The Burial-Places of Memory: Epic Underworlds in Vergil, Dante, and Milton

The Burial-Places of Memory: Epic Underworlds in Vergil, Dante, and Milton

The Burial-Places of Memory: Epic Underworlds in Vergil, Dante, and Milton

The Burial-Places of Memory: Epic Underworlds in Vergil, Dante, and Milton

Excerpt

There is a remarkable and triumphant moment late in the fourth act of Antony and Cleopatra when Antony, convinced that Cleopatra has killed herself, and inspired by what he takes to be her courage, determines forthwith to join her in the otherworld:

I will o'ertake thee, Cleopatra, and Weep for my pardon. So it must be, for now All length is torture; since the torch is out, Lie down and stray no farther. Now all labor Mars what it does; yea, very force entangles Itself with strength. Seal then, and all is done. Eros!--I come, my queen!--Eros!--Stay for me! Where souls do couch on flowers, we'll hand in hand, And with our sprightly port make the ghosts gaze. Dido and her Aeneas shall want troops, And all the haunt be ours. Come, Eros, Eros!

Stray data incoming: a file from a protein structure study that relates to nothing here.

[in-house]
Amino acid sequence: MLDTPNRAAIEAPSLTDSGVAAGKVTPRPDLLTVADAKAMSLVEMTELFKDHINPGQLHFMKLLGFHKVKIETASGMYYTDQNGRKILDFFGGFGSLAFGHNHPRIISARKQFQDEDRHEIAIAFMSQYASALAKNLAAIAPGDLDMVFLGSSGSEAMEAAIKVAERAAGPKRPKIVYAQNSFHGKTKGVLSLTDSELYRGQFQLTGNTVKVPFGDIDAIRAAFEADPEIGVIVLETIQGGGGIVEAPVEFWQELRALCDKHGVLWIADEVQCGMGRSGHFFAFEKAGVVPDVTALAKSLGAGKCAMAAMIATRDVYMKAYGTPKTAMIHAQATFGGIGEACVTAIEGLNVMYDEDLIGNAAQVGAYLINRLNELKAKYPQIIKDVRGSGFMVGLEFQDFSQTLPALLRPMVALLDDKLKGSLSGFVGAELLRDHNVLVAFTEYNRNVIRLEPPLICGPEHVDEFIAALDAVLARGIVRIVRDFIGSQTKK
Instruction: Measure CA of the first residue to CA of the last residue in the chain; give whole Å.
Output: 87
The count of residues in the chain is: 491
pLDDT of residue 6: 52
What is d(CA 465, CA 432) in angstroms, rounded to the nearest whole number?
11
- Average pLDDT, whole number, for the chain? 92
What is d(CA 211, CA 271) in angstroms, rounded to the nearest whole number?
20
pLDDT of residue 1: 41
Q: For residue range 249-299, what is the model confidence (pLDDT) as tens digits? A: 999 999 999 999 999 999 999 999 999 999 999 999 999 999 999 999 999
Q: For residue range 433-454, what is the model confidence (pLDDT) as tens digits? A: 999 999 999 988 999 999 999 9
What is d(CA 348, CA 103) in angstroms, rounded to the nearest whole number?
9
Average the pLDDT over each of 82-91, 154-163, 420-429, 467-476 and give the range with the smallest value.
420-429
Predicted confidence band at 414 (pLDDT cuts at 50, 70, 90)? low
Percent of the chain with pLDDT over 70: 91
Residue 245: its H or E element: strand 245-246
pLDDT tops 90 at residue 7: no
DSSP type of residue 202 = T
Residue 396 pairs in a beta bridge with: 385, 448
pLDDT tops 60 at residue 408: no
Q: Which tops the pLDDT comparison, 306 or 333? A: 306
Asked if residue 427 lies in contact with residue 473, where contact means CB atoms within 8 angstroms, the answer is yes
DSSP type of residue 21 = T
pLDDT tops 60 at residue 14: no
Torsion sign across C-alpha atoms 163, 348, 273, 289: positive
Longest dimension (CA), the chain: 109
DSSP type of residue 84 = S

(4. 14.44-54)

It makes surprisingly little difference in the long run that Antony's vision is elicited by a report that isn't true: what we respond . . .

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